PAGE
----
Last Monday, Vanesha Johnson, a New York woman, filed a lawsuit against Teva Pharmaceuticals USA Inc. and the Cooper Companies Inc. in the state's federal court, alleging that the ParaGard intrauterine device (IUD) broke off in her uterus during removal.
According to the lawsuit, the plaintiff had the device implanted in June 2017. In September, the same year, she went to have it removed after an ultrasound showed it moved out of place. Her physician tried to remove the device following Teva's instructions, but a part of the device broke off, resulting in surgery to have the remaining part of the device removed. Johnson filed the suit claiming that she suffered a range of injuries, including loss of reproductive health, pain, suffering, mental anguish, and loss of enjoyment of life, on top of the medical bills.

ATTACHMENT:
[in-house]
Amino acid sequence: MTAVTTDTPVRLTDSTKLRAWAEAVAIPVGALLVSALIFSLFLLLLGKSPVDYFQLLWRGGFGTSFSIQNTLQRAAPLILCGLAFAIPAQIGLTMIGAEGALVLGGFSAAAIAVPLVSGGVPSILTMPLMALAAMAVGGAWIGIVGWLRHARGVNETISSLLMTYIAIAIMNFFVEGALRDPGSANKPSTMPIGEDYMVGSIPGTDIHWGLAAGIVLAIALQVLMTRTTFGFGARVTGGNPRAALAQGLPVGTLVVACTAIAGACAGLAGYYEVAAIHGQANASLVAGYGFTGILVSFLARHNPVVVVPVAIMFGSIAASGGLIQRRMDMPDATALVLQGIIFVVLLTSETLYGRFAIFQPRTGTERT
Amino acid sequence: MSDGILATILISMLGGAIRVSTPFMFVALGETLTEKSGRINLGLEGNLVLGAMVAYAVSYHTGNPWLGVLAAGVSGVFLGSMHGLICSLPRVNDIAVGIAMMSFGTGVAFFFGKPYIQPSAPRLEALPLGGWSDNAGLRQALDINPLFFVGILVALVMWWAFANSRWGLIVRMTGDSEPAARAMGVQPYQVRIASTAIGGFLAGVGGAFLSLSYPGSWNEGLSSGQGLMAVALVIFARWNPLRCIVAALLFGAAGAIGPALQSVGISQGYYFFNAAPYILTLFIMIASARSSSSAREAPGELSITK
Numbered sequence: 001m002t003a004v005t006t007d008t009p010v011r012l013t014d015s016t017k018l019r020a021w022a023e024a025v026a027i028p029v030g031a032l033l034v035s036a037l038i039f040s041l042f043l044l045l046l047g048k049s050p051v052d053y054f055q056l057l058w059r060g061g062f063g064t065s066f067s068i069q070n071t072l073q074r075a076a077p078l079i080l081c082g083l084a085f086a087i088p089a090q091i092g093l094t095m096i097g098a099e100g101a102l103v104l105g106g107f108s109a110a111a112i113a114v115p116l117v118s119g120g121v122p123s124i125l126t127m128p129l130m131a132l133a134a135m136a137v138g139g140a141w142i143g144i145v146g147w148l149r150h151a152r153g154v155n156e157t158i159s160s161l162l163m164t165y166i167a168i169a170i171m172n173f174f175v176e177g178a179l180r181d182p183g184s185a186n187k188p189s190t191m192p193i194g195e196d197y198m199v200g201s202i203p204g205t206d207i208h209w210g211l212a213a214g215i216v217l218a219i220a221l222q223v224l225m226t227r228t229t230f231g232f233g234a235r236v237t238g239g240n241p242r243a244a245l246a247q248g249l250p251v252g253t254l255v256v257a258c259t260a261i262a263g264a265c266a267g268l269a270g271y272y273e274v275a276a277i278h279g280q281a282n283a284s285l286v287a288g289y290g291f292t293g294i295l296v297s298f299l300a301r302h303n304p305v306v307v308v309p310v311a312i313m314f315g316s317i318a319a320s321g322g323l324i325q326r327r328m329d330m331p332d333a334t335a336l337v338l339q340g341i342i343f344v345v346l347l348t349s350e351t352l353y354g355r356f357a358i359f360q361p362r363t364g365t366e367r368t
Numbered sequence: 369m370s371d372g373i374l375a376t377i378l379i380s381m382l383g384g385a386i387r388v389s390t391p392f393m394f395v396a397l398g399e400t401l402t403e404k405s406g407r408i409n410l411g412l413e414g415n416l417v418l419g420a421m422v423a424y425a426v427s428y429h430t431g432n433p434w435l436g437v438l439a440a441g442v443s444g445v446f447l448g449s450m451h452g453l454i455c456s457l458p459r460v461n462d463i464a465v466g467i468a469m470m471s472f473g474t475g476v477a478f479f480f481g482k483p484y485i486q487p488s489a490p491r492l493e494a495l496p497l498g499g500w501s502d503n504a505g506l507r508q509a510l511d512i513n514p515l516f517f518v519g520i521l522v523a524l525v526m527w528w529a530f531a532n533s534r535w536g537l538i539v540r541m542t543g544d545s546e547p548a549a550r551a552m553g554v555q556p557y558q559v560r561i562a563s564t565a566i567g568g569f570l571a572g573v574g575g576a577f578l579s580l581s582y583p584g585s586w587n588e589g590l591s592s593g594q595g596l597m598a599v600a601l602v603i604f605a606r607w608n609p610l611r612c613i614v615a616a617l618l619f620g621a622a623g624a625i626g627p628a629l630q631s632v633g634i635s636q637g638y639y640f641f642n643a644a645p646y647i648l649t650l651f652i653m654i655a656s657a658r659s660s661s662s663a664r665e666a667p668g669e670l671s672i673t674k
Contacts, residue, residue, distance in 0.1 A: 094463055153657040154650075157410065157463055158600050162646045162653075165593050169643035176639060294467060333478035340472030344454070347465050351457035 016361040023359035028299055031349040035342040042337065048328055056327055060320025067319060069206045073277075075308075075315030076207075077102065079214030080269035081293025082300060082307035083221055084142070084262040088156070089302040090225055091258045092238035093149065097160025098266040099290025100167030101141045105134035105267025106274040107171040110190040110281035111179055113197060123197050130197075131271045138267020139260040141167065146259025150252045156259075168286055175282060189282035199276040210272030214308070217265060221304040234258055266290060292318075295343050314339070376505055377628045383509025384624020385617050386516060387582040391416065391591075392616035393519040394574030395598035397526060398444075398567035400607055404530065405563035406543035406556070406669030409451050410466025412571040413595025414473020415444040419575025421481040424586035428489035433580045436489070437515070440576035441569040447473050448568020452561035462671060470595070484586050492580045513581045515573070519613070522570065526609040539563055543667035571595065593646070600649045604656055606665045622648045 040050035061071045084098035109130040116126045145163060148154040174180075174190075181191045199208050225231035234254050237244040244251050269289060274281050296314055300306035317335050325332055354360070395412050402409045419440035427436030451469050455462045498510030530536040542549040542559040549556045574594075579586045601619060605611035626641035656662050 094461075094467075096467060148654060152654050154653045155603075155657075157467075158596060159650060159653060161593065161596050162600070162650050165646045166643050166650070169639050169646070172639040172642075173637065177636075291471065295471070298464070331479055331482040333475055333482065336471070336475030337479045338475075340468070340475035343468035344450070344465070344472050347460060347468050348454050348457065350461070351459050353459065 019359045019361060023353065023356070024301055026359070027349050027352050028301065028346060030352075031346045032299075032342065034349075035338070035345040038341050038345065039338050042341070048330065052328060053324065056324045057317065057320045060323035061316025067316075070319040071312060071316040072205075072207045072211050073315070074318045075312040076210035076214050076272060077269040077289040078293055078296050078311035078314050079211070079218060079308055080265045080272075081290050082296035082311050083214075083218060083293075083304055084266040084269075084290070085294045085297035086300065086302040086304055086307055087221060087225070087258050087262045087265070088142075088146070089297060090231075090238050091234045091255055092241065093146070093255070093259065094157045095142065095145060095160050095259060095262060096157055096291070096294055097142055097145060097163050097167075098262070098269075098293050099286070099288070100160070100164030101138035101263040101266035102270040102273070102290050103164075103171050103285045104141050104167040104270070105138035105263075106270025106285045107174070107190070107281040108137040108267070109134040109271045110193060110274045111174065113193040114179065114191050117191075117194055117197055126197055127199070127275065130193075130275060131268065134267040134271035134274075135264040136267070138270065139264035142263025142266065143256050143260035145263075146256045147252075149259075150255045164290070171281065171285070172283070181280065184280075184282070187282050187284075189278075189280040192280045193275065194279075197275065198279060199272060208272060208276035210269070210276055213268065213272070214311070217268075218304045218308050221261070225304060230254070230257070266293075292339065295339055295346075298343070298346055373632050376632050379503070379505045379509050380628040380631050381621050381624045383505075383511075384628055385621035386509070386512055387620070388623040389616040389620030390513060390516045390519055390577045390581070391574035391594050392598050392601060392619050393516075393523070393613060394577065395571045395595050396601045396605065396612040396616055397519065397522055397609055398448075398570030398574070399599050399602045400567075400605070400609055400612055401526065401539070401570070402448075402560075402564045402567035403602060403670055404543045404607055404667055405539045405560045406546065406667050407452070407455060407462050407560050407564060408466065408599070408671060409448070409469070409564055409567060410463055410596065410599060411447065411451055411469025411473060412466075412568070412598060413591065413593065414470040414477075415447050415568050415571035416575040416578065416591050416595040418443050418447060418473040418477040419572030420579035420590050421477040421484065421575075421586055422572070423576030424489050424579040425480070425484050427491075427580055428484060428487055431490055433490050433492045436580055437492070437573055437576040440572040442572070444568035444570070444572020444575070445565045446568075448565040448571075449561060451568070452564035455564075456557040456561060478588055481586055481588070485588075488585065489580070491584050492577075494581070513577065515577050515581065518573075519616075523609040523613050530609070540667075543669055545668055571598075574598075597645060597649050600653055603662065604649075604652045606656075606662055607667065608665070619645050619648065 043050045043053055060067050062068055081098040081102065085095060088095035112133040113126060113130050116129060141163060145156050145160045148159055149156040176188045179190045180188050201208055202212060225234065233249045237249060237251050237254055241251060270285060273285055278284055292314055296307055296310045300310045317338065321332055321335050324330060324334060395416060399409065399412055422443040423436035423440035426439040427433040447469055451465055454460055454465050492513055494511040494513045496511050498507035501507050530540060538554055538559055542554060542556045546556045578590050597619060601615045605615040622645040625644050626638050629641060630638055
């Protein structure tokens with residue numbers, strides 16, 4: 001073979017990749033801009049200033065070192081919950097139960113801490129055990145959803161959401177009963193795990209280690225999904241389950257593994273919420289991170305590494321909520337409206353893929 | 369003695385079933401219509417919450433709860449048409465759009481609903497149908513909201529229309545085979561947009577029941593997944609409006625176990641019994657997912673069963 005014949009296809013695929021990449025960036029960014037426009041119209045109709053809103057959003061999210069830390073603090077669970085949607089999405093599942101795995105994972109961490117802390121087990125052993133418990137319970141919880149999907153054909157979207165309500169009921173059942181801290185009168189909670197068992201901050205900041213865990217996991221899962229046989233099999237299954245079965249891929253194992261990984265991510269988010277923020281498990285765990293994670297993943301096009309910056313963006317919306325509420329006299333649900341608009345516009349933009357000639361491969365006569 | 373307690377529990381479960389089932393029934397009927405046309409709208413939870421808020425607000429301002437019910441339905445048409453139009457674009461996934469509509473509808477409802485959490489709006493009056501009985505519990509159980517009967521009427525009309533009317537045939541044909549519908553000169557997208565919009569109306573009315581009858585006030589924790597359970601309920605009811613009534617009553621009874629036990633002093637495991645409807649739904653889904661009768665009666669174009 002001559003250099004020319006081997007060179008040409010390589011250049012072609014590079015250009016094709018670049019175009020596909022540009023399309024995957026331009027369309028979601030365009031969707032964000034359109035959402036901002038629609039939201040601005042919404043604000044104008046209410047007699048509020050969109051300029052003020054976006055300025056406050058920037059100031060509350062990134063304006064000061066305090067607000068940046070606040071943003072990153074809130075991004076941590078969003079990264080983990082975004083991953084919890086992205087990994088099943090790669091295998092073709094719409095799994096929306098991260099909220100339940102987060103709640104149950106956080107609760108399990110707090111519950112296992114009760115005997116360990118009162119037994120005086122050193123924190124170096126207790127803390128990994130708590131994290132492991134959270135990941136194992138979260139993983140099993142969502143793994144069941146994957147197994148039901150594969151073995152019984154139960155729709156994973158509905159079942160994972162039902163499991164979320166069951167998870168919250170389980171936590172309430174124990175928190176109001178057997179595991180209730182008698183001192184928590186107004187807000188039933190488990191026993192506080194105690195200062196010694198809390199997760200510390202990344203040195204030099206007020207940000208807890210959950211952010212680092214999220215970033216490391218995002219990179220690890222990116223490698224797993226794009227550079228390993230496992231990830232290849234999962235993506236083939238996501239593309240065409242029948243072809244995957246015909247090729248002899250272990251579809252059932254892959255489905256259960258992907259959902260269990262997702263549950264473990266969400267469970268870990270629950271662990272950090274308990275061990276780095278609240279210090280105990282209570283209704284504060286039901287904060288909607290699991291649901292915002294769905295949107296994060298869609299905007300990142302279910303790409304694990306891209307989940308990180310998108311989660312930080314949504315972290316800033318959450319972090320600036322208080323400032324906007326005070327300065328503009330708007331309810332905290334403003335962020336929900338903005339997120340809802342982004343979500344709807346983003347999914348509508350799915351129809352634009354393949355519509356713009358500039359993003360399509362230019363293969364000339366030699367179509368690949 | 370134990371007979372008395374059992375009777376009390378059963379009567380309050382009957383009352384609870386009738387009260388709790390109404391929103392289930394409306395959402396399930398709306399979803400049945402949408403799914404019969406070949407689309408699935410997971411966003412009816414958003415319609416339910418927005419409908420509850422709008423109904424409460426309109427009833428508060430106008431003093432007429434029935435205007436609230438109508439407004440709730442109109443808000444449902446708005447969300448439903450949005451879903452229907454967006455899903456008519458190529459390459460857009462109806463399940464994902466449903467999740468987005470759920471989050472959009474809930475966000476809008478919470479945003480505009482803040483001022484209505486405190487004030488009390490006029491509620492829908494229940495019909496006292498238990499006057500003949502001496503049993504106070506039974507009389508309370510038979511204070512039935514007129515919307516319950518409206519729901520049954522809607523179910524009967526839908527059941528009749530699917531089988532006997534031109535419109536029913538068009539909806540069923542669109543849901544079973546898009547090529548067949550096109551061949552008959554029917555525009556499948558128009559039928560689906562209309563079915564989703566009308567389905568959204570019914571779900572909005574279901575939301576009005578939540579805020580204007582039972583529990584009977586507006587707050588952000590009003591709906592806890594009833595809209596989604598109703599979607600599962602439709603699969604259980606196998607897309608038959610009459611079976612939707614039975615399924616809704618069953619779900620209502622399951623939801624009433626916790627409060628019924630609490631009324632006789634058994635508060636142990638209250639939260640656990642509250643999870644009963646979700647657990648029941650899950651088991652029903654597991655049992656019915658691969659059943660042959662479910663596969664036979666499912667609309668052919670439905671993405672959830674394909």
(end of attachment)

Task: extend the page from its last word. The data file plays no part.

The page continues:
The lawsuit also claims that Teva amplified the benefits of the device and knew or should have known about its defects based on trials, third-party studies, and consumer experience and complaints. The lawsuit also names the Cooper Companies and a subsidiary as defendants, as they purchased the rights to the ParaGard in September 2017.
The complaint indicated that more than 1,600 cases of the ParaGard breaking were reported to the U.S. Food and Drug Administration (FDA), out of those more than 700 were deemed serious.
Johnson is seeking undefined damages for 11 different counts, including negligence, common law fraud, breach of express and implied warranty, design and manufacturing defects, failure to warn, and violations of consumer protection laws.
Several lawsuits have been filed against the birth control device involving similar allegations of problems during removal surgery. The lawsuits are pending in their individual courts, and an MDL is yet to be formed.